You don’t know how to use a computer
The worst group project I ever had was with a student who didn’t know how computers work.
To their credit, computers are complicated. I think it’s pretty safe to say that most people have never opened a command prompt, let alone changed their shell or run a virtual machine. The reason Drexel has an entire degree dedicated to user experience and interaction design at Westphal – and indeed the whole point of a user interface – is that most people will never need to know these things on a daily basis. Computers are extremely powerful tools. You don’t need to know how to build a car to drive a car.
Unfortunately for my party member, their problem was painfully simple and embarrassing.
The project was a MATLAB project. Our group had to write a program to do the calculations. Numbers go in, numbers go out. Not bad. The weird part was that each band member had to write and deliver their own version of the project, presumably to prove that we could all navigate the program.
They couldn’t navigate the program.
They asked me for help, and I asked them to share their screen. The error they were getting was extremely common: MATLAB cannot open a program unless that program is where it expects it to be. The program just wasn’t in the folder they asked MATLAB to look at. It’s a two-second fix, given that you know where your files are saved.
They did not know where their files were saved.
So I asked them where they usually keep their documents and other school work. And they minimized the window to show me the default MacBook desktop screen absolutely covered in all the files they had created or used.
Now, if you are one of those people who log everything on the desktop and don’t know why it’s wrong, I apologize for singling you out. The American school system has let you down. It’s not your fault. I’m here for you.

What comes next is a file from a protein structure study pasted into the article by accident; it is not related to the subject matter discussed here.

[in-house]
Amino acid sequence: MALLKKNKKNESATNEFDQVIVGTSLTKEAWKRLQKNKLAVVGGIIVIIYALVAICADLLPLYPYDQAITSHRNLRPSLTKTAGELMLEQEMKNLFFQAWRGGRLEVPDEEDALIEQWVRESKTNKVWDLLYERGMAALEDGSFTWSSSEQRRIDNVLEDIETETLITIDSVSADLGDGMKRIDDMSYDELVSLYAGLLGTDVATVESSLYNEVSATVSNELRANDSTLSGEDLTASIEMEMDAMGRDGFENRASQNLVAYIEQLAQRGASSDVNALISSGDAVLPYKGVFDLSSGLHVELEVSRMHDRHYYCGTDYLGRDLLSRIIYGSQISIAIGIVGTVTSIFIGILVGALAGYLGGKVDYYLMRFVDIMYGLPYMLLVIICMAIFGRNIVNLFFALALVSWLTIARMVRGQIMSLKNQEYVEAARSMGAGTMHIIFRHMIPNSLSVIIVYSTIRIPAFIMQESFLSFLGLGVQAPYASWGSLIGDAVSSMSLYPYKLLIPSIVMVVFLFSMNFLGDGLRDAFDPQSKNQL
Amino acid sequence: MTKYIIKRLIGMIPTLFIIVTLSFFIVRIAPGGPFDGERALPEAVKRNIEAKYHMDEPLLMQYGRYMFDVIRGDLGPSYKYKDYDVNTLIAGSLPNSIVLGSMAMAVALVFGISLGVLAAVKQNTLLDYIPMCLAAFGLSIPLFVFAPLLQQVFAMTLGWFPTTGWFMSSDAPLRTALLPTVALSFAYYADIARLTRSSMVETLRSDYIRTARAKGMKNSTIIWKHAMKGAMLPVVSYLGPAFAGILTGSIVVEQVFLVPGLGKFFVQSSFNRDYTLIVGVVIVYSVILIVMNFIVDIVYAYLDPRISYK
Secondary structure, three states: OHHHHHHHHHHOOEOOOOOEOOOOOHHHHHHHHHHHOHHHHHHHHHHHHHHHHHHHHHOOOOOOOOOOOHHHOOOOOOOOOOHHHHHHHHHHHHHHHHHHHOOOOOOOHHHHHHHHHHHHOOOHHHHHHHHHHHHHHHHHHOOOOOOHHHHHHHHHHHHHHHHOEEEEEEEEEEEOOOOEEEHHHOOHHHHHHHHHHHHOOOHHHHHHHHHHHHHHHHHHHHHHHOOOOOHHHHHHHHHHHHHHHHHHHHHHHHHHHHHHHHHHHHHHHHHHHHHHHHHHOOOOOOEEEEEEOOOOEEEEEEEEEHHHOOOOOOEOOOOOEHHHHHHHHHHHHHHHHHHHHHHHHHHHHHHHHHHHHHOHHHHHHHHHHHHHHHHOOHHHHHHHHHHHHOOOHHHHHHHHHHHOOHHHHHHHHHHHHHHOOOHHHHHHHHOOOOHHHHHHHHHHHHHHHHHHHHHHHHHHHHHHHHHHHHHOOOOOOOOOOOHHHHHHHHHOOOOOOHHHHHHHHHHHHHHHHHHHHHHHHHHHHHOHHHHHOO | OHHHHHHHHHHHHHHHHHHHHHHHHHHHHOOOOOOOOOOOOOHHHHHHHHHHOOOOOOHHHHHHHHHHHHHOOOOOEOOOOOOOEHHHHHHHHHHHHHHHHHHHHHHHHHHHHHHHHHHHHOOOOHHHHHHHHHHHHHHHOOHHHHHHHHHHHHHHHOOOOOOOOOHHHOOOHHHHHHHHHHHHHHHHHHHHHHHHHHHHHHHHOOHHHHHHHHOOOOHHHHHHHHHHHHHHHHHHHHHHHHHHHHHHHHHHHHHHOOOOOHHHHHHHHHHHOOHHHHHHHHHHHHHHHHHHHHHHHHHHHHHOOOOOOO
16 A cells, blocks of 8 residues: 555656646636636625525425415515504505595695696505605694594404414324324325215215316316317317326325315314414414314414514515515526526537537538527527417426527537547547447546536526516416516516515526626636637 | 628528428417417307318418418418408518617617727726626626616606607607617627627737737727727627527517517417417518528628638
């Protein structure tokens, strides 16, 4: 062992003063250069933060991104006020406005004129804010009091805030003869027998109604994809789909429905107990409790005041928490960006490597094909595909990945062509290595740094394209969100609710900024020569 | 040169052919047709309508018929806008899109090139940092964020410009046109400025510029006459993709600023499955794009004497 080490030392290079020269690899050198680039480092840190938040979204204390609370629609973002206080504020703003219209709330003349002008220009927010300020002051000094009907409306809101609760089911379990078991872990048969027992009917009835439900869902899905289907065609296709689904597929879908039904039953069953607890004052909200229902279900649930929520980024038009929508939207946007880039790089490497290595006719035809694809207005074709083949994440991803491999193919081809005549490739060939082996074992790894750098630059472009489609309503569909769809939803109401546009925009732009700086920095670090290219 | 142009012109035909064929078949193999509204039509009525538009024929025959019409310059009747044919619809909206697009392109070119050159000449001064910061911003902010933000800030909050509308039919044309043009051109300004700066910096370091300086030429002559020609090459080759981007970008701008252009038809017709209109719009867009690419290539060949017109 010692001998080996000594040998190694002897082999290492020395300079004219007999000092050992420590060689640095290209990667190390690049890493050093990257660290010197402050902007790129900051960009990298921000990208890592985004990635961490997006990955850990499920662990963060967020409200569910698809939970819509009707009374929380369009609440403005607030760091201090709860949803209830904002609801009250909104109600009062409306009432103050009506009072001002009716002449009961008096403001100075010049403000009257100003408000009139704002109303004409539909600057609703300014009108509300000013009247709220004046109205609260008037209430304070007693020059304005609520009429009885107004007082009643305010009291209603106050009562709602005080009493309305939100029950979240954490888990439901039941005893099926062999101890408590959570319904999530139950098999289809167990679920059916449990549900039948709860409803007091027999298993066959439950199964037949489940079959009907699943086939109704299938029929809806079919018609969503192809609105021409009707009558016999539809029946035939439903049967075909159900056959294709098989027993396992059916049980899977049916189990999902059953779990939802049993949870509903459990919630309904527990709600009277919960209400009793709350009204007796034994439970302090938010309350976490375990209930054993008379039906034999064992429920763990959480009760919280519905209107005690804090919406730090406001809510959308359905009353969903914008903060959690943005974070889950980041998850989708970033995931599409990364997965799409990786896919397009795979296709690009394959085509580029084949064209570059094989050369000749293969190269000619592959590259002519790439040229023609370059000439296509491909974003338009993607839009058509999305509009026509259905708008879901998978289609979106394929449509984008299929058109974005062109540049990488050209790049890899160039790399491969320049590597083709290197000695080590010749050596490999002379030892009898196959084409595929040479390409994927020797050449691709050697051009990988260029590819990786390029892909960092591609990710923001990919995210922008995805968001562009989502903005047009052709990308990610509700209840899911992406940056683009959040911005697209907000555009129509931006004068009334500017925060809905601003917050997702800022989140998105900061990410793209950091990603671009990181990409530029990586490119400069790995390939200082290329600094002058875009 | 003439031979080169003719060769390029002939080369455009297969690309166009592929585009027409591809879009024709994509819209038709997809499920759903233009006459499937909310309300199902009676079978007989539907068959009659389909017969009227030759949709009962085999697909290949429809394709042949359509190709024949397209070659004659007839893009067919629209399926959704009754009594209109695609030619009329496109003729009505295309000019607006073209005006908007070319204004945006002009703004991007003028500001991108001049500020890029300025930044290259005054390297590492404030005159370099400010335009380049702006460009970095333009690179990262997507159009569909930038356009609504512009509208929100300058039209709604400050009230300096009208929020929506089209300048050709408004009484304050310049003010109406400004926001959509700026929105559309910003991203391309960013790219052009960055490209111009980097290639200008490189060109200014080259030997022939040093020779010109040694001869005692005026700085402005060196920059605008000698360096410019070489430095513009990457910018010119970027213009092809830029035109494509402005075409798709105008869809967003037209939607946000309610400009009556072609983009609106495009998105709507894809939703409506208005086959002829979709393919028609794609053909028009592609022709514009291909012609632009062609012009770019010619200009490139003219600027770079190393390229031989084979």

Computers are like filing cabinets; they only work well if you like to keep things organized. If you save all the documents you write on the desktop, not only will it be harder to find what you need when everything is sitting in a big pile, but if something goes wrong and you need to restore the system, the desktop is erased. Every file in it will be deleted. Permanently.
If we continue the filing cabinet metaphor, it’s like leaving all your papers strewn about in an office when the fire sprinklers go off.
Now, this isn’t just a PSA about proper organization of file directories. The student I was working with is just one of many people who didn’t know much about computers and had no way to learn. Does Drexel offer basic computer courses? High schools ? Mine certainly didn’t. For most of us, introductory computer classes are only offered at Hard Knocks University (Away Campus).
This is a real and important problem for people today. Computers are continually integrated into all facets of our lives, for better or for worse. Can you imagine being in IT at a large corporation where the CEO doesn’t understand why he can’t have the same password for his work computer and his bank account? Many of us think this is a problem for older generations, but it really isn’t. I see it most often in iPhone and iMac users who’ve never had to deal with weird dumb Microsoft issues, who’ve never had a chance to consider third-party devices, who don’t Have ever had to google how to stop HP Print Scan Doctor from turning on their computer at 11:15 p.m. every night.
The solution, contrary to popular belief, is absolutely not “for everyone to buy Windows PCs so that we all suffer together”. The American school system needs to invest in real computer science lessons, taught by people who actually know what they are doing and can teach it in a way that students actually learn something.
We cannot go through our lives without understanding the tools that enable us. You don’t need to know how to build a car to drive a car, but you should probably learn how often you need an oil change. Computers are only going to get more complicated and we all need to know how to use them.
Not Linux, however. No one needs to know how to use Linux.